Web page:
Tony Cliff

On the Class Nature of the “People’s Democracies”

Theoretical bankruptcy and political dishonesty

The record of the International Secretariat (IS) on the “people’s democracies”

The first big document written by a member of the IS dealing with the “People’s Democracies”, officially declared to “express in its entirety the leading opinion of the IS”, was E. Germain’s The Soviet Union after the War (September 1946). Here Germain tells us, first of all, that all the “People’s Democracies”, Yugoslavia included, are capitalist countries. He proves that their states are bourgeois thus:

This structure (hierarchical and centralised administration, apparatus of repression, etc.) is preserved everywhere, with the same officials still functioning, since the “purge” touched only the smallest fraction of them. The only exception is Yugoslavia, and to a lesser degree Poland. In these countries the people who made up the former state apparatus have almost completely disappeared as a result of certain historical factors. Further proof of the bourgeois character of the state is the fact that the new state apparatus makes use of roughly the same structure as the previous apparatus did.

We are told that the Stalinists did not bring about a revolution in Eastern Europe, but a counter-revolution. To quote only what is said about Yugoslavia (and Albania):

In these two countries, the Soviet bureaucracy did not have to carry on any consistent counter-revolutionary activity; the native Stalinists took this upon themselves.

[In both countries, the Stalinists constructed] a new bourgeois state apparatus.

On the question of whether the Stalinist bureaucracy can smash capitalism in these countries, or whether there must be revolutionary activity on the part of the proletariat, Germain is unambiguous:

... in the last analysis only the revolutionary action of the proletariat can determine the final crushing of capitalism in the buffer countries.

In the same document Germain calls to task the ex-Trotskyist, Leblanc, who put forward the “theory” that the Stalinists did carry out the proletarian revolution in Eastern Europe. He says:

This theory is a complete petty bourgeois revision of the Marxist-Leninist concept both of the state and of the proletarian revolution ... Leblanc’s thesis completely revises the Trotskyist conception of the objectively counter-revolutionary role of the Stalinist bureaucracy both in Russia and in other countries ... The whole struggle of the Bolshevik-Leninists against Stalinism has been based on the fact that its role is that of grave-digger of the world revolution, and grave-digger of the USSR. And now suddenly this grave-digger is offered to us as the one who will “objectively carry through the proletarian revolution”. From the conclusions which Leblanc draws in his thesis it is clear that what we have here is a capitulation under the pressure of Stalinism – a very powerful pressure among the French intelligentsia – a capitulation resulting both from disillusionment in the absence of a victorious revolutionary movement and from complete lack of confidence in the revolutionary potentialities of the world proletariat.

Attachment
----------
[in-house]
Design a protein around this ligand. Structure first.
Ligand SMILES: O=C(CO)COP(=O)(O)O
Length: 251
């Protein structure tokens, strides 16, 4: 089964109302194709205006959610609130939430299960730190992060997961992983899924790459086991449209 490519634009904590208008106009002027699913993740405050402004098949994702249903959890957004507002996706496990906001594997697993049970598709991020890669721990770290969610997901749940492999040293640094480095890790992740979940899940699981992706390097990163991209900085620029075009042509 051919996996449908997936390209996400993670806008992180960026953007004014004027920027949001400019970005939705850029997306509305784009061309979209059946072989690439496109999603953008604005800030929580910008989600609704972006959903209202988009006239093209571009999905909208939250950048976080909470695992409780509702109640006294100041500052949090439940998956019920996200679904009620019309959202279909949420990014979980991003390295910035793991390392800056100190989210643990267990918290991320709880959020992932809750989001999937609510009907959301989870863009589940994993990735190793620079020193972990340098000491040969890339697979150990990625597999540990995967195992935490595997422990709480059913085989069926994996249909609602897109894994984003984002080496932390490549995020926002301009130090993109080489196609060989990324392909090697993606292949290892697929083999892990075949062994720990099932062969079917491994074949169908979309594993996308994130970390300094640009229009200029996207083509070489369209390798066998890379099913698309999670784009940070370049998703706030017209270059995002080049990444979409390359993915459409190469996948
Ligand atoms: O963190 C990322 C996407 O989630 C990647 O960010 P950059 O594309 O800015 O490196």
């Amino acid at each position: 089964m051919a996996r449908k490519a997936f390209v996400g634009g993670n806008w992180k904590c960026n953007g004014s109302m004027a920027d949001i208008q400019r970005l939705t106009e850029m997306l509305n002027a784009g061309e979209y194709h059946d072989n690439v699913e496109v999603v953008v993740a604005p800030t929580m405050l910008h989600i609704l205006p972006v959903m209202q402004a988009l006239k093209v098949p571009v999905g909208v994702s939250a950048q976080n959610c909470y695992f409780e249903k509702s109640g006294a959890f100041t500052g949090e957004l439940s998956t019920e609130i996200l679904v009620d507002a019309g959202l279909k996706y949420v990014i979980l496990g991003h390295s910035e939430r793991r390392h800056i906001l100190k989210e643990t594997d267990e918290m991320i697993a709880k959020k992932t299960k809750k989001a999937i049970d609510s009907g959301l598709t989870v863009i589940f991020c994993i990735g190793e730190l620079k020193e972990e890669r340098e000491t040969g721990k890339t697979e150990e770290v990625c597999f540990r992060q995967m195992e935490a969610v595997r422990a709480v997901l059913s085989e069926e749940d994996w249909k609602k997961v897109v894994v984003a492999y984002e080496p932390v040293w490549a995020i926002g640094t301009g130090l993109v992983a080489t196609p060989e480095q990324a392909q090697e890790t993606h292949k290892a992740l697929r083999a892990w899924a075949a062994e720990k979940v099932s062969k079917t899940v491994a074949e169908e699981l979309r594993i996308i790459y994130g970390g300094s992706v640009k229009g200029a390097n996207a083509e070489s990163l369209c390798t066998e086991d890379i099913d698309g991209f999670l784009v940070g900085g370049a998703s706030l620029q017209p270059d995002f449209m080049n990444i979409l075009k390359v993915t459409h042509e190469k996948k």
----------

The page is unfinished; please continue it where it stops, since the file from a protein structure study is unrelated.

On 15 November 1946, E. Germain wrote (The Conflict in Poland, Fourth International, February 1947):

No one can doubt for a moment that in Finland, in Hungary, in Rumania or in Bulgaria ... capitalism continues. [And then:] Does he [Shachtman – TC] really think that the Stalinist bureaucracy has succeeded in overthrowing capitalism in half of our continent? Shachtman again finds himself in this hardly enviable condition of having to share his views with the Stalinists! ... It is precisely because the Polish Stalinists, like the Spanish Stalinists, want to force the workers to remain within the limits of a bourgeois society and state that we accuse them of betrayal ... That is why we fight against Stalinism!

The Resolution of the Second World Congress of the Fourth International, April 1948 (Fourth International, June 1948), says on the class nature of the “People’s Democracies”, Yugoslavia included:

... these countries retain their fundamentally capitalist structure. (The] mixed corporations, Soviet-owned stock companies, preferential trade treaties, etc. [are] forms of capitalist exploitation ... The nationalised sector itself continues to retain a capitalist structure (individual profit balance, role of money, individual management and accounting, and so on).

(The Resolution, by the way, forgot to mention that the “individual profit balance, role of money, individual management and accounting” apply not only to the “nationalised sector” of the “People’s Democracies”, but also to the whole of the Russian economy.) The same Resolution tells us about the nature of the States in the “People’s Democracies”, Yugoslavia included:

... In the “buffer” countries the state remains bourgeois: a) Because the state structure remains bourgeois ... b) Because the function of the state remains bourgeois. Whereas the workers’ state defends the collective ownership of the means of production, arising from a victorious socialist revolution, the state of the “ buffer “ countries defends property which, despite its diverse and hybrid forms, remains fundamentally bourgeois in character ...